Over the last few weeks I’ve covered 20 of the 30 prospects found on our Midseason Braves Top 30 Prospect List. Today we’ll wrap this series up by discussing the top 10. Below you’ll find tables for each group of ten covered so far, with the final ten at the bottom. If you click on the title of each table it will direct you to that particular post regarding those ten players. You can also find a list of all 30 players at my personal blog, Braves Farm, linked here. This final update to the Top 30 will likely serve as our rankings until pre-season 2022, though I’ll continue to provide monthly check-ins on these players for the rest of the current season (currently underway for August), as well as any updates regarding promotions, trades… etc.
Let’s get to it…
|30||Jefrey Ramos (OF)||AA||↓|
|29||Brandol Mezquita (OF)||RK||↑|
|28||Cody Milligan (2B)||A+||↑|
|27||Drew Lugbauer (1B/DH)||AA||↑|
|26||Tanner Gordon (LHP)||A||↑|
|25||Greyson Jenista (1B/OF)||AA||↓|
|24||William Woods (RHP)||RK||↔|
|23||Darius Vines (RHP)||A+||↑|
|22||Cal Conley (SS)||A||↑|
|21||Daysbel Hernández (RHP)||AA||↓|
|20||Trey Harris (OF)||AA||↓|
|19||Indigo Diaz (RHP)||AA||↑|
|18||Victor Vodnik (RHP)||AA||↓|
|17||Spencer Schwellenbach (RHP)||—||↔|
|16||Jasseel De La Cruz (RHP)||AAA||↓|
|15||Joey Estes (RHP)||A||↑|
|14||Ryan Cusick (RHP)||A||↔|
|13||Vaughn Grissom (3B)||A||↑|
|12||Braden Shewmake (SS)||AA||↓|
|11||Jared Shuster (LHP)||A+||↔|
|10||Jesse Franklin V (OF)||A+||↑|
|9||Freddy Tarnok (RHP)||AA||↑|
|8||Bryce Elder (RHP)||AAA||↑|
|7||Spencer Strider (RHP)||AA||↑|
|6||Tucker Davidson (LHP)||MLB||↔|
|5||Michael Harris II (OF)||A+||↑|
|4||Shea Langeliers (C)||AA||↑|
|3||Drew Waters (OF)||AAA||↔|
|2||Kyle Muller (LHP)||AAA||↑|
|1||Cristian Pache (OF)||AAA||↓|
10. Jesse Frankilin V (OF) ↑
Summer rank — 19th
A+ — Rome
I’ve really been impressed with just how fast Franklin has made a name for himself as a pro. This is a kid that was given a 30-grade for his Hit tool coming into the 2020 draft, not to mention a 35-grade Game Power by FanGraphs. Boy they couldn’t have been wrong. The 22-year-old Franklin has been a dangerous power-hitter all year long for High-A Rome, shown by his 22 homers and 56 RBI in 93 games so far this season. He’s certainly cooled off a bit since the beginning of August (86 wRC+ from Aug. 1 to this past Friday), but right now I have no problem saying that Franklin is this organization’s fourth-best outfielder, behind Cristian Pache, Drew Waters and Michael Harris II.
9. Freddy Tarnok (RHP) ↑
Summer rank — 16th
AA — Mississippi
For me, Tarnok has become the new Jasseel De La Cruz as I have him ranked right where De La Cruz was this past summer. The two young pitchers are actually a lot alike, though De La Cruz is two years older and has damaged his stock a bit with his struggles in Triple-A. Right now Tarnok seems to have the brighter future as a traditional starter, having managed to mostly dominate the Double-A level by pitching to a 2.64 ERA in 30.2 innings this season. Even better, the 22-year-old Tarnok appears to have the better secondary pitches, which is something that has plagued De La Cruz in 2021. Basically, I have Tarnok as the fourth-best pitcher in the system right now. This kid got a late start to the year, but he’s certainly on the rise.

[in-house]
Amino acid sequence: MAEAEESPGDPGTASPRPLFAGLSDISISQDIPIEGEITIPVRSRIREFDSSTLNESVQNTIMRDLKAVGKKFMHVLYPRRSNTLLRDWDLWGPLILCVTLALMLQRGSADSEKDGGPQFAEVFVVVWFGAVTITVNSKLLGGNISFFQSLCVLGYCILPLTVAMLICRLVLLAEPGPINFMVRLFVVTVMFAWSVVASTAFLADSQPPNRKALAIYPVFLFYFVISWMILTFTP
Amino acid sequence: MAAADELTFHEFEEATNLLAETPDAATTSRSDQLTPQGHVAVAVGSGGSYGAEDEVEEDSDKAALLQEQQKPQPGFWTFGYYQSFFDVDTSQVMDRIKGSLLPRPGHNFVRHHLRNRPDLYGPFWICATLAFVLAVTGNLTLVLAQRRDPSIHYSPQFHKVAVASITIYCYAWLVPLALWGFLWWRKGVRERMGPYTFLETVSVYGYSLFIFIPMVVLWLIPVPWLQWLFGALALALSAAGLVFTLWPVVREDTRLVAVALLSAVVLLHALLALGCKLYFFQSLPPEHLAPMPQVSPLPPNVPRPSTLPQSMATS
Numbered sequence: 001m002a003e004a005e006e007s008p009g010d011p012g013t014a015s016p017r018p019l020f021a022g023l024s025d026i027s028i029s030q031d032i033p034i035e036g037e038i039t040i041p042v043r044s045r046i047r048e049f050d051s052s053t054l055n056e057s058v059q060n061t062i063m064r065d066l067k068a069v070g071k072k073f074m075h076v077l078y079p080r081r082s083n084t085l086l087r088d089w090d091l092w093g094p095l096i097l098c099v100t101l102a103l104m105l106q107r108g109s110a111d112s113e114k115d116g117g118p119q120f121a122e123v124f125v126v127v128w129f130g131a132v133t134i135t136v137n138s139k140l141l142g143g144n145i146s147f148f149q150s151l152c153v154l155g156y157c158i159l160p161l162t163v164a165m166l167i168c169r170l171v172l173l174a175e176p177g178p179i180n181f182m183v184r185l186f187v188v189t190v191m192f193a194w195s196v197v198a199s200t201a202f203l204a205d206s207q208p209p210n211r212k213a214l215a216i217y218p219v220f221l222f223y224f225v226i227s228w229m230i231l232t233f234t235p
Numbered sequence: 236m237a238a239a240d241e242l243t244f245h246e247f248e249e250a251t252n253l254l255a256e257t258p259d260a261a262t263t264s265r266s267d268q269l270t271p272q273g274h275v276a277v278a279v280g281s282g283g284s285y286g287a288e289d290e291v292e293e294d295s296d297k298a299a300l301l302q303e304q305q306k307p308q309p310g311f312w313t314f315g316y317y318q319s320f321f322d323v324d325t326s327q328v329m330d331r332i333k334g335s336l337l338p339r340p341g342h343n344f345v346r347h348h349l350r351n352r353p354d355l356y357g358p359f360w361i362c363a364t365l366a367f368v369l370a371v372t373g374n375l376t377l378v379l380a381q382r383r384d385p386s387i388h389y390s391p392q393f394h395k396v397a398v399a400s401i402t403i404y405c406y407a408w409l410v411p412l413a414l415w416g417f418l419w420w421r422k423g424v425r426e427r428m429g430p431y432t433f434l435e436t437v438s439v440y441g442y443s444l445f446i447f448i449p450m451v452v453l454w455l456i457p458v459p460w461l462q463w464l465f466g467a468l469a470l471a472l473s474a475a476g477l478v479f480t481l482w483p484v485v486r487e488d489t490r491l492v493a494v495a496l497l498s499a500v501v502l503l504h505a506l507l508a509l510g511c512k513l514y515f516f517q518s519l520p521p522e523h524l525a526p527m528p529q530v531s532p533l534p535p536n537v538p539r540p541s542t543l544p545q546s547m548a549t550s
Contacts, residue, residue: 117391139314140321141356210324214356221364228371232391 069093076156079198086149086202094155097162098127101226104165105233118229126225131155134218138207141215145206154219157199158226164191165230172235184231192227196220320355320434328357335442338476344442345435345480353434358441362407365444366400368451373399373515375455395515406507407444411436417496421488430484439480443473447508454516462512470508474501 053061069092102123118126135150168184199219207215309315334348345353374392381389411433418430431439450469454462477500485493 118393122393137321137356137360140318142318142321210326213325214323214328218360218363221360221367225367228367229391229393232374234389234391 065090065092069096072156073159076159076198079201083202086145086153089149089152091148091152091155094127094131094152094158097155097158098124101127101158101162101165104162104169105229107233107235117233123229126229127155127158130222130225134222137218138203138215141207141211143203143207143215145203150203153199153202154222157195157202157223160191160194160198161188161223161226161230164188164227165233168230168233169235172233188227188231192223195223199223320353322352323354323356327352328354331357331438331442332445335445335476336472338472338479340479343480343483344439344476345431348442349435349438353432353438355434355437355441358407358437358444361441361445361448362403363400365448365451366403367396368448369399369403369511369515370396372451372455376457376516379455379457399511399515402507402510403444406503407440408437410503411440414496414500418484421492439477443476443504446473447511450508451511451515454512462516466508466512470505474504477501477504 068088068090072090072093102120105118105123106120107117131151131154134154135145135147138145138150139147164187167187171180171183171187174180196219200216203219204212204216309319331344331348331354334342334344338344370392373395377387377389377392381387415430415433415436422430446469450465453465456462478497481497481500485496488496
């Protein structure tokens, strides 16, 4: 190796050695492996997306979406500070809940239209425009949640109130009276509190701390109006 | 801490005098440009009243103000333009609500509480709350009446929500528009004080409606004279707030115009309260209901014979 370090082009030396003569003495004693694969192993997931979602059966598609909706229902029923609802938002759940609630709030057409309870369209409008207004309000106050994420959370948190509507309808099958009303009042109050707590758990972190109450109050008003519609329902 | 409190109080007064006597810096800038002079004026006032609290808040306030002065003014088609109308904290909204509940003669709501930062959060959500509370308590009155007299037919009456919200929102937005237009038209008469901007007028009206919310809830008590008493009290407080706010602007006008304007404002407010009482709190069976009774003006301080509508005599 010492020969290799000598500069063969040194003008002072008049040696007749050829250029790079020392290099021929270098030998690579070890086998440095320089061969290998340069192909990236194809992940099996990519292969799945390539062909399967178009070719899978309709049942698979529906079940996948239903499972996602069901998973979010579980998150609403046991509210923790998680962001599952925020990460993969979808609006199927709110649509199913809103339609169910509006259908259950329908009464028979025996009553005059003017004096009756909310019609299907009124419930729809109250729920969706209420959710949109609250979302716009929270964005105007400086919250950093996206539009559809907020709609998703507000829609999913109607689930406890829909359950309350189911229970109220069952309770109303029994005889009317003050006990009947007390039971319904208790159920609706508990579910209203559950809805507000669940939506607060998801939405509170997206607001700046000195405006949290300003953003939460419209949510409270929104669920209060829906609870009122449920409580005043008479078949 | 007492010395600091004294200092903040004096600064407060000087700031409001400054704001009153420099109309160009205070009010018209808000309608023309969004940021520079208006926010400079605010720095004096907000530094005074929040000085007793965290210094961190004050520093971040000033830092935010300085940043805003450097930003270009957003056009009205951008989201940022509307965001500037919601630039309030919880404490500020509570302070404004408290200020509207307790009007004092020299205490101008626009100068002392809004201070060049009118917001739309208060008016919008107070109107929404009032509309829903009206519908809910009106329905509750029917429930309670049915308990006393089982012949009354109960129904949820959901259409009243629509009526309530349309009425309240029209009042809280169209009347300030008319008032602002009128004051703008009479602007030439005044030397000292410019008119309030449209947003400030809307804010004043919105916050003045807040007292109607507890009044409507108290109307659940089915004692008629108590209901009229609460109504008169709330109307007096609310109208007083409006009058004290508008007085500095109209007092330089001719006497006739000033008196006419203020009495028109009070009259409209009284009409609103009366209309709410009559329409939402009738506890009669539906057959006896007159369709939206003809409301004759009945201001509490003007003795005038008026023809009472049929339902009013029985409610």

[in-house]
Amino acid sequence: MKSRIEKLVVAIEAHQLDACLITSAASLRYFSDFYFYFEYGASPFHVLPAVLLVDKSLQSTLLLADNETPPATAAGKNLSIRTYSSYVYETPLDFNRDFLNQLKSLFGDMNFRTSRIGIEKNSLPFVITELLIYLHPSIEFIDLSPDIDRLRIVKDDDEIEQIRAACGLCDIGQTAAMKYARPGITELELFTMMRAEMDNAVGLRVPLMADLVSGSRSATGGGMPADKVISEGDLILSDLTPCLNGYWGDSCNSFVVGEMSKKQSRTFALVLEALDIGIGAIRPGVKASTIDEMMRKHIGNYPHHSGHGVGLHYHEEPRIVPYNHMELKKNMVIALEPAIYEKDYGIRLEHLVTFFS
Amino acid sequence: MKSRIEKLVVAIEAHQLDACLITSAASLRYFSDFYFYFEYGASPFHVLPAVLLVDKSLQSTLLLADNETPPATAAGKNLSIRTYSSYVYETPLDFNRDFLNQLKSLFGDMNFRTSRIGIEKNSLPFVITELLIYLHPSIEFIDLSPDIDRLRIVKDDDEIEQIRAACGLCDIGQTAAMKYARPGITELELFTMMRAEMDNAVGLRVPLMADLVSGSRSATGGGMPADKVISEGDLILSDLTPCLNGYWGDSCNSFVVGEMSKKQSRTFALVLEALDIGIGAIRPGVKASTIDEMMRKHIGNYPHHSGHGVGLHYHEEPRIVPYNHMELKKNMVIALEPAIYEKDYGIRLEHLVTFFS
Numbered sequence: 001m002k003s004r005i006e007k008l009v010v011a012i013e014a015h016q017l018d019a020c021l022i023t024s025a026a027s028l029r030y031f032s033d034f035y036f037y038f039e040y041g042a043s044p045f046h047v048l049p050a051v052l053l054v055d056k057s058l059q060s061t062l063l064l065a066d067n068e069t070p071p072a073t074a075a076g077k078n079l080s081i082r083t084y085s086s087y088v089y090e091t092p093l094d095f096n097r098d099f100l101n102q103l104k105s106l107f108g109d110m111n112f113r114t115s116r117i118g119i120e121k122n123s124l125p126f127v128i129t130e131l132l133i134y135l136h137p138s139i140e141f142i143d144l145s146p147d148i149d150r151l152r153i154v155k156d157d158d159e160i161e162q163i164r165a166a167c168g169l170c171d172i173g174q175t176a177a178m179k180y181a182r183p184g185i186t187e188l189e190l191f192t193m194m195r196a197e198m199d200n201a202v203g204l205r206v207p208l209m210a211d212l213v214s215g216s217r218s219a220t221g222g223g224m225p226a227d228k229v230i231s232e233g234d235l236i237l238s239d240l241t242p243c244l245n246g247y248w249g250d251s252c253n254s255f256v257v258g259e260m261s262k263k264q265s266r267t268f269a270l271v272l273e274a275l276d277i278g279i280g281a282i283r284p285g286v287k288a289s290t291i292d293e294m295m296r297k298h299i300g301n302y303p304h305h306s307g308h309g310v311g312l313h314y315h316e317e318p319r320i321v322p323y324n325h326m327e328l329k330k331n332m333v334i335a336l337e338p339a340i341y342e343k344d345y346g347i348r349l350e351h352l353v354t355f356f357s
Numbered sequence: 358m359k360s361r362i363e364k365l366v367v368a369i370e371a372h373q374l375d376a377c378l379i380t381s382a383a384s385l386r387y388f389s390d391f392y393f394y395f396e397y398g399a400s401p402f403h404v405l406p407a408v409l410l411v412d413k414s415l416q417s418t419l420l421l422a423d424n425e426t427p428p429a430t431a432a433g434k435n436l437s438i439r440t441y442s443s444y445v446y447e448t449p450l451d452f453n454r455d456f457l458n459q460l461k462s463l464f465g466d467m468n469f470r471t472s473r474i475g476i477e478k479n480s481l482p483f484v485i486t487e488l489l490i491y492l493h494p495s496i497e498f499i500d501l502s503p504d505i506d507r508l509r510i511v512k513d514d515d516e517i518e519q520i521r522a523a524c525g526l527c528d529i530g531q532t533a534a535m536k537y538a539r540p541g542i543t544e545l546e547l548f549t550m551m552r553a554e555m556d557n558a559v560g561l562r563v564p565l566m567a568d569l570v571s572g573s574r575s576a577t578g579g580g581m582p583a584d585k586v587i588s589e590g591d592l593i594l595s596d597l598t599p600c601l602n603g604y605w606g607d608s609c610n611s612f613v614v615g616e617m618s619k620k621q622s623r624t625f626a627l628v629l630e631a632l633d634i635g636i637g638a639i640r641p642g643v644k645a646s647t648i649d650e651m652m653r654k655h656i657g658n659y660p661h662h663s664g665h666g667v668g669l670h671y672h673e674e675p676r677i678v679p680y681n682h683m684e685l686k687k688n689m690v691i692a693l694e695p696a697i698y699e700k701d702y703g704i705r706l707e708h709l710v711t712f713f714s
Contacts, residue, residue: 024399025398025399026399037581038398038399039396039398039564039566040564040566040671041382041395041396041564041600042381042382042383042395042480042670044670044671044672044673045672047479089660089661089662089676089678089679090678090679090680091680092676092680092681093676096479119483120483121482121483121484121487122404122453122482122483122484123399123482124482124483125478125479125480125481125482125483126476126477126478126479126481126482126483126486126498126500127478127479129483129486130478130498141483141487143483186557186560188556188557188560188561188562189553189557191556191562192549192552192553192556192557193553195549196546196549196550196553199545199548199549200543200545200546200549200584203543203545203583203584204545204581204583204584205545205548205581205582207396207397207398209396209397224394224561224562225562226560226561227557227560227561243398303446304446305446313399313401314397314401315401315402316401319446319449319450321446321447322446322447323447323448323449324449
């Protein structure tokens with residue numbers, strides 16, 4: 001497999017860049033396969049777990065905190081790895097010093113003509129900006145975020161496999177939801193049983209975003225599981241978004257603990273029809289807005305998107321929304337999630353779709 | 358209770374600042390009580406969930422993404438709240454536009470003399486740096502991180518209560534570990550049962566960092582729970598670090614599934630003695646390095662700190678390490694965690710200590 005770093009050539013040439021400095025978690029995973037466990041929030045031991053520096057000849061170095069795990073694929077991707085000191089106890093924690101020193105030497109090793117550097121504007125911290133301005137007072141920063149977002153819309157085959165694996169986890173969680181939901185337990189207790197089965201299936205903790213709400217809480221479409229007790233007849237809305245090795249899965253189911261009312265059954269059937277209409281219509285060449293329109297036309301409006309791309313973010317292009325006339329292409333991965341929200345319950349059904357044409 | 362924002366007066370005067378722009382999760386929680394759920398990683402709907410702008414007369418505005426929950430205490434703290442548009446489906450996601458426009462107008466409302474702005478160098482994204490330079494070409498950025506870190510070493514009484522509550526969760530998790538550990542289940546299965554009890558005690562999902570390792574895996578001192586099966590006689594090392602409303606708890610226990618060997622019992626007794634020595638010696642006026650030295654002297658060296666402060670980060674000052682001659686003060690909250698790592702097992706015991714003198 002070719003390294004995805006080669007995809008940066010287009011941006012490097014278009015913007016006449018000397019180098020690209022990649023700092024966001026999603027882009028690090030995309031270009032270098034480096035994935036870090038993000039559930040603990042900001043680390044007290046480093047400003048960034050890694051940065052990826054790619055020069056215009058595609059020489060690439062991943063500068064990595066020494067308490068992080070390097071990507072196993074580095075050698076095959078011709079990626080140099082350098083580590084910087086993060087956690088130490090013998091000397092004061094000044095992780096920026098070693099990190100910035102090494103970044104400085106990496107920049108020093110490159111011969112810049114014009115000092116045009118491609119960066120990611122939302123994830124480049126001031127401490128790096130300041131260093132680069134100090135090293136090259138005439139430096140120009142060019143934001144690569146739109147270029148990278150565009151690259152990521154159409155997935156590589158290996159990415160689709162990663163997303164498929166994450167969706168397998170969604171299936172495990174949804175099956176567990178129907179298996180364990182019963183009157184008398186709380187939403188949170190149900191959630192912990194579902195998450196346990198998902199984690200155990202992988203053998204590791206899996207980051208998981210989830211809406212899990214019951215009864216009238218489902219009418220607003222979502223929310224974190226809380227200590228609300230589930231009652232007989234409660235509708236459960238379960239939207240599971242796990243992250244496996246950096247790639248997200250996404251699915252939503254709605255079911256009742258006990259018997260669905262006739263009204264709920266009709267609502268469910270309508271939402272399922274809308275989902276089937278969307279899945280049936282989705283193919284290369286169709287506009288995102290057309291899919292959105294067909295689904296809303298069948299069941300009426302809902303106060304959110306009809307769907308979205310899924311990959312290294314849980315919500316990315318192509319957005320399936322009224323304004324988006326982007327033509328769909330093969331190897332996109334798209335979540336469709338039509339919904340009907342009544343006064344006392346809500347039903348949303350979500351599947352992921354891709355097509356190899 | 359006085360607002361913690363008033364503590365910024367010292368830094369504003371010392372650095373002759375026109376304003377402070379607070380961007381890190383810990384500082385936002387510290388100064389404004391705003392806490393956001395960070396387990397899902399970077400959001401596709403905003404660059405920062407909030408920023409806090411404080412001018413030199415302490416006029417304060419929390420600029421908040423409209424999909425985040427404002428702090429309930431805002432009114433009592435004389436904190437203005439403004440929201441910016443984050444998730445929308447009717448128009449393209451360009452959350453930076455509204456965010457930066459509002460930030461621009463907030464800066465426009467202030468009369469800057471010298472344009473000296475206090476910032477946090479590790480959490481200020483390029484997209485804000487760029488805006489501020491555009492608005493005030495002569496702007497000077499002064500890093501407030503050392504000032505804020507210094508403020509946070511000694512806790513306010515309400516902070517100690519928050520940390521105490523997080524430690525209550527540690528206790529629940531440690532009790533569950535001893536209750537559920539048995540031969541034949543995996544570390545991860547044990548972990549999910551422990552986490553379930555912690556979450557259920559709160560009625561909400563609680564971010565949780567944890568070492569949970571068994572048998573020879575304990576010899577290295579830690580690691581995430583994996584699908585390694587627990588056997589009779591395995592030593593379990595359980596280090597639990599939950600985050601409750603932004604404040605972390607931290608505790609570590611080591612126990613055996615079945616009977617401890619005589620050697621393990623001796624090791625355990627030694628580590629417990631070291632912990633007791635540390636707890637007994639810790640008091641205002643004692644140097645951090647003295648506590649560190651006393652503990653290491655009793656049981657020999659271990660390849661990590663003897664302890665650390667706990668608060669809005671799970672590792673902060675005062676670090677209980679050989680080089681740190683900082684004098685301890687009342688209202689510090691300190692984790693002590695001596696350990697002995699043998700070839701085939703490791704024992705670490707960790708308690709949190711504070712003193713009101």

8. Bryce Elder (RHP) ↑
Summer rank — 10th
AAA — Gwinnett
What a year its been for the Braves fifth-round pick from back in 2020. Elder has flew through the system, starting the year in Rome and now currently pitching in Triple-A Gwinnett. The 22-year-old has regressed just a tiny bit with each promotion, but given this is just his first pro season, his performance has been nothing but extraordinary:
A+ Rome — 45 IP, 2.60 ERA, 11 K/9
AA Mississippi — 56 IP, 3.21 ERA, 9.6 K/9
AAA Gwinnett — 11.2 IP, 3.86 ERA, 8.4 K/9
At this rate, Elder is making a strong case to earn an MLB debut sometime next season, which is pretty incredible for a guy with only 112.2 pro innings so far. A lot of other sites have been a bit slow to move Elder up on their lists. Hell, FanGraphs has the righty ranked 21st in the Braves system. But I believe this is one of the org’s most talented pitchers right now.
7. Spencer Strider (RHP) ↑
Summer rank — 18th
AA — Mississippi
Strider hit a rough patch during July, but make no mistake, 2021 has been a complete success for him. The 22-year-old righty is one of the most dangerous strikeout artists in this system as he averaged 18.7 K/9 in Single-A this year, 14.7 in High-A and now 13.3 with the M-Braves. Strider has just as much talent as Elder above, although I believe the former’s stuff will play better in the majors. Either way, it’s unreal to have these two in the top 10 so soon. Sure, they’re both former college arms… but no one expected them to produce like this so quickly.
6. Tucker Davidson (LHP) ↔
Summer rank — 4th
MLB — Atlanta (60-day IL)